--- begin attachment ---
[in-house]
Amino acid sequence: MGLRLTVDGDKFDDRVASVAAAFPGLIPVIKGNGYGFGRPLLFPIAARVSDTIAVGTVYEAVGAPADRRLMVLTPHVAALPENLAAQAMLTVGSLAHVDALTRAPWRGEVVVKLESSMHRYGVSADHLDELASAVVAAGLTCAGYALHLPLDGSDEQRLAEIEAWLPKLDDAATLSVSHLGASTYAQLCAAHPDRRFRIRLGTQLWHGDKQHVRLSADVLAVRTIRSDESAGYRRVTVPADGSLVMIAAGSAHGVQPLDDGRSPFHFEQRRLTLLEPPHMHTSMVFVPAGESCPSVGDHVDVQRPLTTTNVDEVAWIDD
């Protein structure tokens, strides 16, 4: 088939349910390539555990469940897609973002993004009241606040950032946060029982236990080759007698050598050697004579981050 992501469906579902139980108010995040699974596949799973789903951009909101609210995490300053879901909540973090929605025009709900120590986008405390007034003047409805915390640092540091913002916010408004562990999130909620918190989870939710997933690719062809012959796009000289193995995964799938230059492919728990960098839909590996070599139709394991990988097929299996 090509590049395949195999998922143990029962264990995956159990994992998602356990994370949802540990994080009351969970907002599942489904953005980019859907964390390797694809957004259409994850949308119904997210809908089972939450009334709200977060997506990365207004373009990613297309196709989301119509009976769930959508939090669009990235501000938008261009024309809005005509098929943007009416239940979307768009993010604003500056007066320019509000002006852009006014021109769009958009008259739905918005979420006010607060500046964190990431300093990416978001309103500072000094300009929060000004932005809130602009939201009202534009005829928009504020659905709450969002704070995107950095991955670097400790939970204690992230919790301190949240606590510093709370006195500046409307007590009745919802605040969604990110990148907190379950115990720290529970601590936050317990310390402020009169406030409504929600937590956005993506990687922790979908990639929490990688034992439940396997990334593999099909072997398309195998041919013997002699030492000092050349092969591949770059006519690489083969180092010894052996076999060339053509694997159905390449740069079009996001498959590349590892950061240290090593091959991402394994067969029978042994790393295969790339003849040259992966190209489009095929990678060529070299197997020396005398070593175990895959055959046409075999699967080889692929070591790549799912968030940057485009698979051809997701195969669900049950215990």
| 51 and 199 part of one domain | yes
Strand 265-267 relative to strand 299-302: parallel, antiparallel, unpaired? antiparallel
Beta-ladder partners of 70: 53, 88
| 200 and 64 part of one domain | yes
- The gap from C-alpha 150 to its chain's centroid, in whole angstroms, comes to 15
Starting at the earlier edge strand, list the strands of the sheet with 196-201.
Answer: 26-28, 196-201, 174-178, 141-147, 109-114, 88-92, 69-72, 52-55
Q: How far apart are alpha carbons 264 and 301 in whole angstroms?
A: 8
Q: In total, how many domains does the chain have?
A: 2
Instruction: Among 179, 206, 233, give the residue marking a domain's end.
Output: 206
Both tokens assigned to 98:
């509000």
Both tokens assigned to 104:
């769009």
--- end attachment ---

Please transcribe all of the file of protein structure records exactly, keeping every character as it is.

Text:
[in-house]
Amino acid sequence: MGLRLTVDGDKFDDRVASVAAAFPGLIPVIKGNGYGFGRPLLFPIAARVSDTIAVGTVYEAVGAPADRRLMVLTPHVAALPENLAAQAMLTVGSLAHVDALTRAPWRGEVVVKLESSMHRYGVSADHLDELASAVVAAGLTCAGYALHLPLDGSDEQRLAEIEAWLPKLDDAATLSVSHLGASTYAQLCAAHPDRRFRIRLGTQLWHGDKQHVRLSADVLAVRTIRSDESAGYRRVTVPADGSLVMIAAGSAHGVQPLDDGRSPFHFEQRRLTLLEPPHMHTSMVFVPAGESCPSVGDHVDVQRPLTTTNVDEVAWIDD
């Protein structure tokens, strides 16, 4: 088939349910390539555990469940897609973002993004009241606040950032946060029982236990080759007698050598050697004579981050 992501469906579902139980108010995040699974596949799973789903951009909101609210995490300053879901909540973090929605025009709900120590986008405390007034003047409805915390640092540091913002916010408004562990999130909620918190989870939710997933690719062809012959796009000289193995995964799938230059492919728990960098839909590996070599139709394991990988097929299996 090509590049395949195999998922143990029962264990995956159990994992998602356990994370949802540990994080009351969970907002599942489904953005980019859907964390390797694809957004259409994850949308119904997210809908089972939450009334709200977060997506990365207004373009990613297309196709989301119509009976769930959508939090669009990235501000938008261009024309809005005509098929943007009416239940979307768009993010604003500056007066320019509000002006852009006014021109769009958009008259739905918005979420006010607060500046964190990431300093990416978001309103500072000094300009929060000004932005809130602009939201009202534009005829928009504020659905709450969002704070995107950095991955670097400790939970204690992230919790301190949240606590510093709370006195500046409307007590009745919802605040969604990110990148907190379950115990720290529970601590936050317990310390402020009169406030409504929600937590956005993506990687922790979908990639929490990688034992439940396997990334593999099909072997398309195998041919013997002699030492000092050349092969591949770059006519690489083969180092010894052996076999060339053509694997159905390449740069079009996001498959590349590892950061240290090593091959991402394994067969029978042994790393295969790339003849040259992966190209489009095929990678060529070299197997020396005398070593175990895959055959046409075999699967080889692929070591790549799912968030940057485009698979051809997701195969669900049950215990």
| 51 and 199 part of one domain | yes
Strand 265-267 relative to strand 299-302: parallel, antiparallel, unpaired? antiparallel
Beta-ladder partners of 70: 53, 88
| 200 and 64 part of one domain | yes
- The gap from C-alpha 150 to its chain's centroid, in whole angstroms, comes to 15
Starting at the earlier edge strand, list the strands of the sheet with 196-201.
Answer: 26-28, 196-201, 174-178, 141-147, 109-114, 88-92, 69-72, 52-55
Q: How far apart are alpha carbons 264 and 301 in whole angstroms?
A: 8
Q: In total, how many domains does the chain have?
A: 2
Instruction: Among 179, 206, 233, give the residue marking a domain's end.
Output: 206
Both tokens assigned to 98:
């509000």
Both tokens assigned to 104:
């769009």